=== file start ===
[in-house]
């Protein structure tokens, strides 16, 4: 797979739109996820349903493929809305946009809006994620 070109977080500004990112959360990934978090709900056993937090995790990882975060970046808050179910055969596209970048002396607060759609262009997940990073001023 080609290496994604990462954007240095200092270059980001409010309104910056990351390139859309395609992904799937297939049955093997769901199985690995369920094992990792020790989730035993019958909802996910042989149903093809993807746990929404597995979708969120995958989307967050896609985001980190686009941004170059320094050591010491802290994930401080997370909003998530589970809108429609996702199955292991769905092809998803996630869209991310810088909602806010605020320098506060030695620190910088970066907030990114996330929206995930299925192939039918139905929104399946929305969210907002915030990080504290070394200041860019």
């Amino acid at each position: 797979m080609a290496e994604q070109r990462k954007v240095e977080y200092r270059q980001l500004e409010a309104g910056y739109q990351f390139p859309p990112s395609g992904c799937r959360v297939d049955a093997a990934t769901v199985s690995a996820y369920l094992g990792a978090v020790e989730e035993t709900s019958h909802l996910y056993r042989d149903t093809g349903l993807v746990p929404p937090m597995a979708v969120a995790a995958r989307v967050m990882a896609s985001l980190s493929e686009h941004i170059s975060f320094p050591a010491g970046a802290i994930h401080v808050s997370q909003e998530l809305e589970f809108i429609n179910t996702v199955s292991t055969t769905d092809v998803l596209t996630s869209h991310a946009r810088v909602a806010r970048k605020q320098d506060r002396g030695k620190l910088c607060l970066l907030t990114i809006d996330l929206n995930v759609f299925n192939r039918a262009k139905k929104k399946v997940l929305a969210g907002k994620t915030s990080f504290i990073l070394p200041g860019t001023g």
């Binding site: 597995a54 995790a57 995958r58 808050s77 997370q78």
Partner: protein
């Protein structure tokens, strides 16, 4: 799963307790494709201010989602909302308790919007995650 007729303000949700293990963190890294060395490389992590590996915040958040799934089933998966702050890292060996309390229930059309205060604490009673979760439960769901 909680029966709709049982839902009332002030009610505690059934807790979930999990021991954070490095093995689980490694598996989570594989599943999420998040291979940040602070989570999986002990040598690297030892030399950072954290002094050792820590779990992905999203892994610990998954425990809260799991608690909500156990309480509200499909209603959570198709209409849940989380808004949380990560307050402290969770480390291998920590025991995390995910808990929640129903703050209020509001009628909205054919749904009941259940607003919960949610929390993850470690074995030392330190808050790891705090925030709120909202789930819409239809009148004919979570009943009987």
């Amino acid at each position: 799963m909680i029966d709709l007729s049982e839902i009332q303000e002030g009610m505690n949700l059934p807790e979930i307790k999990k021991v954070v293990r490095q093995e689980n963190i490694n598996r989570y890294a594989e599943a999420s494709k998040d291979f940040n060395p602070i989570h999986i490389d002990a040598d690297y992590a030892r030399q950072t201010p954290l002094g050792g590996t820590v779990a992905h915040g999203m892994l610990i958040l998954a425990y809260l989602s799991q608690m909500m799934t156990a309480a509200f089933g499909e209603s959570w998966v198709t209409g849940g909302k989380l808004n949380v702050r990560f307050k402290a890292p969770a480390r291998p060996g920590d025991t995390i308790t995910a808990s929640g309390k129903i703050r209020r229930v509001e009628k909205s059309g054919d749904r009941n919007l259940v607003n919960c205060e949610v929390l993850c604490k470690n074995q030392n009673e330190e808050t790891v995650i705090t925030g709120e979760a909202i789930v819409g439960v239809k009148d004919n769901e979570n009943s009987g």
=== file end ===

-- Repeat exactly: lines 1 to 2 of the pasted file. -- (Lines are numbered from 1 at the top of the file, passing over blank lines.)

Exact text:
[in-house]
């Protein structure tokens, strides 16, 4: 797979739109996820349903493929809305946009809006994620 070109977080500004990112959360990934978090709900056993937090995790990882975060970046808050179910055969596209970048002396607060759609262009997940990073001023 080609290496994604990462954007240095200092270059980001409010309104910056990351390139859309395609992904799937297939049955093997769901199985690995369920094992990792020790989730035993019958909802996910042989149903093809993807746990929404597995979708969120995958989307967050896609985001980190686009941004170059320094050591010491802290994930401080997370909003998530589970809108429609996702199955292991769905092809998803996630869209991310810088909602806010605020320098506060030695620190910088970066907030990114996330929206995930299925192939039918139905929104399946929305969210907002915030990080504290070394200041860019």